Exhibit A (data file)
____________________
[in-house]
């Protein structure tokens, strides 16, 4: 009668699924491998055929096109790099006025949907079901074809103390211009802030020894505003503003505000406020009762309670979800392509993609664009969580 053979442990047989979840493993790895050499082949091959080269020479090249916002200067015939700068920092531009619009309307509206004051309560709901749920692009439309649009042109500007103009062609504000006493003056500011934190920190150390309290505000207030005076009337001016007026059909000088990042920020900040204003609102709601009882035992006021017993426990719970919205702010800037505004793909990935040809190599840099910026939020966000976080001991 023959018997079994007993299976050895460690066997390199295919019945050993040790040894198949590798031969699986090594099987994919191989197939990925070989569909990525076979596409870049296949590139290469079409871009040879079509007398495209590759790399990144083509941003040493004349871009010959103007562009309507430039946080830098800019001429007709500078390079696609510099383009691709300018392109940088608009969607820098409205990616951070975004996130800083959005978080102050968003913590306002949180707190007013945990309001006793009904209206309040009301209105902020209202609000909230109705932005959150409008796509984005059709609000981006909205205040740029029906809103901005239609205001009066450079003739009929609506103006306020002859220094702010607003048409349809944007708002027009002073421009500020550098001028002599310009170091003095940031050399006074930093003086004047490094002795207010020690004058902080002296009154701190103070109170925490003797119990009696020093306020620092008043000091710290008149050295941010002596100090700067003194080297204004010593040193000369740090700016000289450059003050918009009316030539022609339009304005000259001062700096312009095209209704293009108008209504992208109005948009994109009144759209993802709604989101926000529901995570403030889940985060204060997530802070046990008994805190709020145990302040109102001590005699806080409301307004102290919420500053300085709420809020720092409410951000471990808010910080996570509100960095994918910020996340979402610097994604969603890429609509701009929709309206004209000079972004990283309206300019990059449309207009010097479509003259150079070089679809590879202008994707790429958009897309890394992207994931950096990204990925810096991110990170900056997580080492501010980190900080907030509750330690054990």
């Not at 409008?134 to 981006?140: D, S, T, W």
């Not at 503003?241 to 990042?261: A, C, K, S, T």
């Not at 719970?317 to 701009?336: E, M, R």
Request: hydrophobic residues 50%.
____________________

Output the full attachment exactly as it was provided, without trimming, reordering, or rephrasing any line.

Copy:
[in-house]
């Protein structure tokens, strides 16, 4: 009668699924491998055929096109790099006025949907079901074809103390211009802030020894505003503003505000406020009762309670979800392509993609664009969580 053979442990047989979840493993790895050499082949091959080269020479090249916002200067015939700068920092531009619009309307509206004051309560709901749920692009439309649009042109500007103009062609504000006493003056500011934190920190150390309290505000207030005076009337001016007026059909000088990042920020900040204003609102709601009882035992006021017993426990719970919205702010800037505004793909990935040809190599840099910026939020966000976080001991 023959018997079994007993299976050895460690066997390199295919019945050993040790040894198949590798031969699986090594099987994919191989197939990925070989569909990525076979596409870049296949590139290469079409871009040879079509007398495209590759790399990144083509941003040493004349871009010959103007562009309507430039946080830098800019001429007709500078390079696609510099383009691709300018392109940088608009969607820098409205990616951070975004996130800083959005978080102050968003913590306002949180707190007013945990309001006793009904209206309040009301209105902020209202609000909230109705932005959150409008796509984005059709609000981006909205205040740029029906809103901005239609205001009066450079003739009929609506103006306020002859220094702010607003048409349809944007708002027009002073421009500020550098001028002599310009170091003095940031050399006074930093003086004047490094002795207010020690004058902080002296009154701190103070109170925490003797119990009696020093306020620092008043000091710290008149050295941010002596100090700067003194080297204004010593040193000369740090700016000289450059003050918009009316030539022609339009304005000259001062700096312009095209209704293009108008209504992208109005948009994109009144759209993802709604989101926000529901995570403030889940985060204060997530802070046990008994805190709020145990302040109102001590005699806080409301307004102290919420500053300085709420809020720092409410951000471990808010910080996570509100960095994918910020996340979402610097994604969603890429609509701009929709309206004209000079972004990283309206300019990059449309207009010097479509003259150079070089679809590879202008994707790429958009897309890394992207994931950096990204990925810096991110990170900056997580080492501010980190900080907030509750330690054990």
């Not at 409008?134 to 981006?140: D, S, T, W």
């Not at 503003?241 to 990042?261: A, C, K, S, T």
């Not at 719970?317 to 701009?336: E, M, R």
Request: hydrophobic residues 50%.